Style: Katharine Hepburn in ‘Woman of the Year’

With Woman Of The Year (1942) Katharine Hepburn emerged as the archetype of the strong yet feminine woman, whose battle of the sexes was not really a threat to the status quo, but merely a search for love. The movie, directed by George Stevens, was a success when it was released and it reinvented Hepburn. Katharine’s independent nature fit the patriotic vogue in the year the US entered the war, when women were increasingly keeping the country running as men headed off to the front lines.

But the movie did something else, it sexualized her in a way no other film had succeeded before. Tess Harding, the brash, polyglot, internationally inclined political affairs newswoman, falls in love with Sam Craig (played by Spencer Tracy), the crusty sportswriter. Every time I see these two great actors play together, it is a feast of talent I’m treated to.

If you have seen the movie, you certainly noticed the chemistry between the two stars. It was very much the real thing. There is a moment on the stairwell in one of the opening scenes when the electricity between Hepburn and Tracy nearly crackles on the soundtrack. Woman of the Year was the picture that brought the two together. The glow in the stars’ eyes isn’t just the result of trained spotlights.

Stretching her shapely leg across the screen, Tess adjusts her nylon stockings with all the allure of an Ava Gardner. Katharine is a temptress here, a role she had never played before. The famed couturier Gilbert Adrian, known simply as Adrian, carefully veiled over the eccentric Hepburn of the past with gowns designed to flatter her small waist and long legs. The stylist Sydney Guilaroff spun Kate’s hair into gold thread. Her skin was burnished to its highest sheen by the makeup artist Jack Dawn. Thirty-four-year-old Katharine Hepburn emerged, for the first time really, as a classical movies star, something not even The Philadelphia Story had succeeded to do.

How do you like that for a baseball game? A white day clutch and checked coat with matching gloves and wide brimmed hat.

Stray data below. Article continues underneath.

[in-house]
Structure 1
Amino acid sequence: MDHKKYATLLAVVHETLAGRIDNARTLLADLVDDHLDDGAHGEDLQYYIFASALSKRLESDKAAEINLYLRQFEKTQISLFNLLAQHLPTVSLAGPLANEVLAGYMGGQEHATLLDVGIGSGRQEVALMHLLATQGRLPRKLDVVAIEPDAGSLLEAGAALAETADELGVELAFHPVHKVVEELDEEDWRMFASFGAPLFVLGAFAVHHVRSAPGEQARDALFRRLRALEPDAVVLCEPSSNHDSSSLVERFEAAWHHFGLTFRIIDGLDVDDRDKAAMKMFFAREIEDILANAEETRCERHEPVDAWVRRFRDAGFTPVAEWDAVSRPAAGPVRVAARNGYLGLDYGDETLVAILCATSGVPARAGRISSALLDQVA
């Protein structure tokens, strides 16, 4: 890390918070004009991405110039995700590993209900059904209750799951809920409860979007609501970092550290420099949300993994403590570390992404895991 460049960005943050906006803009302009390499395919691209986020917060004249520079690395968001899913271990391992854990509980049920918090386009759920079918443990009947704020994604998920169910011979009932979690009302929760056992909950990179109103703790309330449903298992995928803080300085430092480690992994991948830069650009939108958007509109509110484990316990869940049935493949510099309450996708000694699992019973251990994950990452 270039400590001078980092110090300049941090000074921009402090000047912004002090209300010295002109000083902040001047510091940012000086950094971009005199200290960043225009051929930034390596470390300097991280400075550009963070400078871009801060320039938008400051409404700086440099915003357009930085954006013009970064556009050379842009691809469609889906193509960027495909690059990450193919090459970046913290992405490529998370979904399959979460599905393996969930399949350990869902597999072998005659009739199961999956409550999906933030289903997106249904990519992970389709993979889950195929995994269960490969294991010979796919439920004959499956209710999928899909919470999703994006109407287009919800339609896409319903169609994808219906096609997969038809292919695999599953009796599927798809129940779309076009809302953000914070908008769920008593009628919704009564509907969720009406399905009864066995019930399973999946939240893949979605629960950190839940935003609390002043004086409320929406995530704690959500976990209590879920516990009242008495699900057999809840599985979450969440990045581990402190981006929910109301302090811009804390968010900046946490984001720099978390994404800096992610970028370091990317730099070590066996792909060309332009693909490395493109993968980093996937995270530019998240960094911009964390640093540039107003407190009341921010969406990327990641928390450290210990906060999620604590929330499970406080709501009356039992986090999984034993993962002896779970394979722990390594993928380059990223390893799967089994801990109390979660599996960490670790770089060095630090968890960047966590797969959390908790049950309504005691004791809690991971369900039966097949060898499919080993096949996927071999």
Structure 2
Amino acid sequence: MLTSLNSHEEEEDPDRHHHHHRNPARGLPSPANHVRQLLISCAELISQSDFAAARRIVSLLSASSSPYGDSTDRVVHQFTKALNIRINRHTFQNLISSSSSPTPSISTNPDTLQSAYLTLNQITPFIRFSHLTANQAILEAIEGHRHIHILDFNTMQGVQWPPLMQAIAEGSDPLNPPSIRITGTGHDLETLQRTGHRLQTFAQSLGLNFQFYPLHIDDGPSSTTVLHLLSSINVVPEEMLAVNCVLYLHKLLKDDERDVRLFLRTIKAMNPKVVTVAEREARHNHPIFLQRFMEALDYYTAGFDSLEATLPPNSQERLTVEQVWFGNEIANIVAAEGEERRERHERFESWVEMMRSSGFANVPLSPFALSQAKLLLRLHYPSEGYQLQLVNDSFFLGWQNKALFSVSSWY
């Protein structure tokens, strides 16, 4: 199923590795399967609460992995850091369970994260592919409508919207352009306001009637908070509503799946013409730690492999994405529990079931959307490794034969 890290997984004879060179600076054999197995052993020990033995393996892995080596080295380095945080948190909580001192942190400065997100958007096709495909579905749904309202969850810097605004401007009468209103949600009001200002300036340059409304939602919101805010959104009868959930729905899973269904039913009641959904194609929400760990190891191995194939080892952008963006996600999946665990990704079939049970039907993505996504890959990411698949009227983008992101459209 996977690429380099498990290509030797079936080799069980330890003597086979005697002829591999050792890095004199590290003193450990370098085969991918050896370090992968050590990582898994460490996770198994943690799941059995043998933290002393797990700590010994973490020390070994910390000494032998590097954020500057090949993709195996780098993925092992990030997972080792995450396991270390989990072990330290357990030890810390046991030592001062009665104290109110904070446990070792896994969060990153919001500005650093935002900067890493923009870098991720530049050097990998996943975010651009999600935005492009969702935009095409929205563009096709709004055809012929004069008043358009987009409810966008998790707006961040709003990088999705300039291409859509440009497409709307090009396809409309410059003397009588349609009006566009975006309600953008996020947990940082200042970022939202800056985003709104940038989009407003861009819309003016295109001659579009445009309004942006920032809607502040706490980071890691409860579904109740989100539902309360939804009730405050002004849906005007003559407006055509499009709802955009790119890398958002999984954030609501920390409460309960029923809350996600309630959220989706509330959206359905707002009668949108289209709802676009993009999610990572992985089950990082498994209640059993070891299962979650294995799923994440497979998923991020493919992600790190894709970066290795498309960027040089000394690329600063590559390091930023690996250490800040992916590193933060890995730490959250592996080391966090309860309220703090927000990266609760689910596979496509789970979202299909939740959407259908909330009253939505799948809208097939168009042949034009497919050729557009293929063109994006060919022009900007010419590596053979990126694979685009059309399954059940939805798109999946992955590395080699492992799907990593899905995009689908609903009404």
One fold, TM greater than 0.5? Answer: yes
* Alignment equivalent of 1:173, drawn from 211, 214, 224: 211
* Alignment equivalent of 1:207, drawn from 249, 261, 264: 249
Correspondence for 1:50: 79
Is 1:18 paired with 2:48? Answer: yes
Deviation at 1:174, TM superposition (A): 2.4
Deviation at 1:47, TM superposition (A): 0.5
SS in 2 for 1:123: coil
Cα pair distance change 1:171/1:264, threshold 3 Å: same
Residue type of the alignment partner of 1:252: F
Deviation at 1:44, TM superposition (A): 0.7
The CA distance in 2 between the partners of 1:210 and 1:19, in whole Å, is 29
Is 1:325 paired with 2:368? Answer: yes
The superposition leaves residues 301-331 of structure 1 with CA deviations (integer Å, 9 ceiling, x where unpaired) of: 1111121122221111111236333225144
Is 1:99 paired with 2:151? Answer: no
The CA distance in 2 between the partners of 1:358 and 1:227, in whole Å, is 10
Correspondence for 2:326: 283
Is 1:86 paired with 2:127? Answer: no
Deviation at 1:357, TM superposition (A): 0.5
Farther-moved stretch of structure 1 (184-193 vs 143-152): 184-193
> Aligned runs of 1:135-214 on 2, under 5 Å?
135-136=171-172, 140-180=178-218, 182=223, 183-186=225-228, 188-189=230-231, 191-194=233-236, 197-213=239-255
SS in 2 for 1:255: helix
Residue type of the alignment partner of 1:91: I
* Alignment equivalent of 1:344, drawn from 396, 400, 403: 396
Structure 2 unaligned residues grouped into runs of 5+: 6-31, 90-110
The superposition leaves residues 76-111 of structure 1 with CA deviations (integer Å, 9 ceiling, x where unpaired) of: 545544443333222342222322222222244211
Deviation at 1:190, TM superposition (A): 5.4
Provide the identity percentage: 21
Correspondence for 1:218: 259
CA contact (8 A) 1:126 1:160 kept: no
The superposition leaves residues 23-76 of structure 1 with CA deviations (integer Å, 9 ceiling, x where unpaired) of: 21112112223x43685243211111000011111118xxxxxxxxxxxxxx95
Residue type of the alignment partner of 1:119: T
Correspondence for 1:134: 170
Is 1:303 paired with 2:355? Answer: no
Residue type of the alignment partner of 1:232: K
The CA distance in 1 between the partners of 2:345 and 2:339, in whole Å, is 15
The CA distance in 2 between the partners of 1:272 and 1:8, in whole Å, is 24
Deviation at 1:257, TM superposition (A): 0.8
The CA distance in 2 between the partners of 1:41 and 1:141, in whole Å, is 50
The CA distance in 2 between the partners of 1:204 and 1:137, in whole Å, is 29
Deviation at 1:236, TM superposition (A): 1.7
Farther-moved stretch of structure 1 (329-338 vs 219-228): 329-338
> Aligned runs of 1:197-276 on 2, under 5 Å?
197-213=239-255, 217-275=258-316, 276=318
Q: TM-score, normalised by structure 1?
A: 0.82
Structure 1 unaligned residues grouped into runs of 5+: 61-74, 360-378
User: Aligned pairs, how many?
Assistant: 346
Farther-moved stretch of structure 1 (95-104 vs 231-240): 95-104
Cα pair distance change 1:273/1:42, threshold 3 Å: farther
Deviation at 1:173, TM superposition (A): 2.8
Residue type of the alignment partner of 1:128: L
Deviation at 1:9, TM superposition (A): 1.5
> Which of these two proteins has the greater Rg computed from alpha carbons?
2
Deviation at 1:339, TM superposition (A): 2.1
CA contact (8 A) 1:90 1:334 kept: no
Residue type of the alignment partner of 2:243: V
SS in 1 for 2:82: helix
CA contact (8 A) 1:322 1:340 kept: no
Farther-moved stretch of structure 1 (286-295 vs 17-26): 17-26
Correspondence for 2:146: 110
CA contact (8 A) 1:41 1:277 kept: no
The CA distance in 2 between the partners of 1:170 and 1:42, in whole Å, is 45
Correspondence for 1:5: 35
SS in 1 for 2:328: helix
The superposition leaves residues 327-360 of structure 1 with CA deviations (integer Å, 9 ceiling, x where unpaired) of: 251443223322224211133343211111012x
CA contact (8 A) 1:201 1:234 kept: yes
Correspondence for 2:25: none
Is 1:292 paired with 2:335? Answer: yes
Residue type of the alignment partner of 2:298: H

Whenever I saw the publicity stills where Kate was wearing this outfit, I thought that was a striped top. In fact it’s a collarless, belted tailored jacket.

Tess is wearing all sorts of hats in almost every scene of the movie. This is such a beautiful coat, a clean and elegant line, again collarless (a detail I love in clothing, but have so much hard time wearing in winter if we talk about coats, as adding a scarf to protect your neck against the cold, wind or snow, would limit its effect), paired with dotted hat and long gloves.

Look at her poise in that shot! So noble and composed.

Tess wearing a gorgeous tweed cloak, with side slits. Adrian had already designed a black velvet cloak for his first muse, Greta Garbo, for Mata Hari in 1931, foreseeing the trend that would emerge five years later of long cloaks, reworked by French designers.

In a velvet smoking jacket (20 years before the historic collection in which Yves Saint Laurent invented the women’s tuxedo), with embroidery adorned fastening system. Adrian was again ahead of the times, as velvet became very popular in the ’50s.

Katharine’s pants had once caused consternation, but now the newspapers began to write that “every girl in her right mind” was wearing slacks. Hepburn’s empowering attitude and revolutionary style made masculine look elegant and prompted every woman to follow her example and every designer be inspired by her.

In a dressing gown made up by pants and blouse with black macro polka dots on a white background.

The little black dress.

When you watch the movie, you should pay attention to the way Katharine moves across the room in this scene. A lesson in style. Why don’t they teach that in school? In Woman of the Year, the age-old conflict between men and women takes on quite profound implications. While the first half of the movie is fun and sexy, the second half often feels dated to audiences today, especially when Ellen Whitcomb (Fay Bainter), her aunt and a woman of career Tess has always looked up to, gets married and draws the conclusion that no woman should be “above marriage” and Tess realizes that having a career and a happy marriage aren’t necessarily mutually exclusive.

Tess is wearing a pinafore dress, with side slits, and a white blouse. What I particularly like about the blouse is that it’s collarless (yes, again), with buttons on the back and it has a scalloped detailing front and back, starting from the neckline.

For the last ten minutes of the film we are treated to the spectacle of Tess unsuccessfully trying to cook breakfast for her man who she wants to surprise. Sam finally reassures her that he doesn’t want to domesticate her on every front. She can be both independent and submissive at the same time.

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images: stills from “Woman of the Year”, captured by me; kindly link back to classiq if you use any of these images / production credits
sources for this article: the book “Kate: The Woman Who Was Katharine Hepburn”, by William J. Mann, and; Might I add that Vogue Italia has one of the best websites in fashion?

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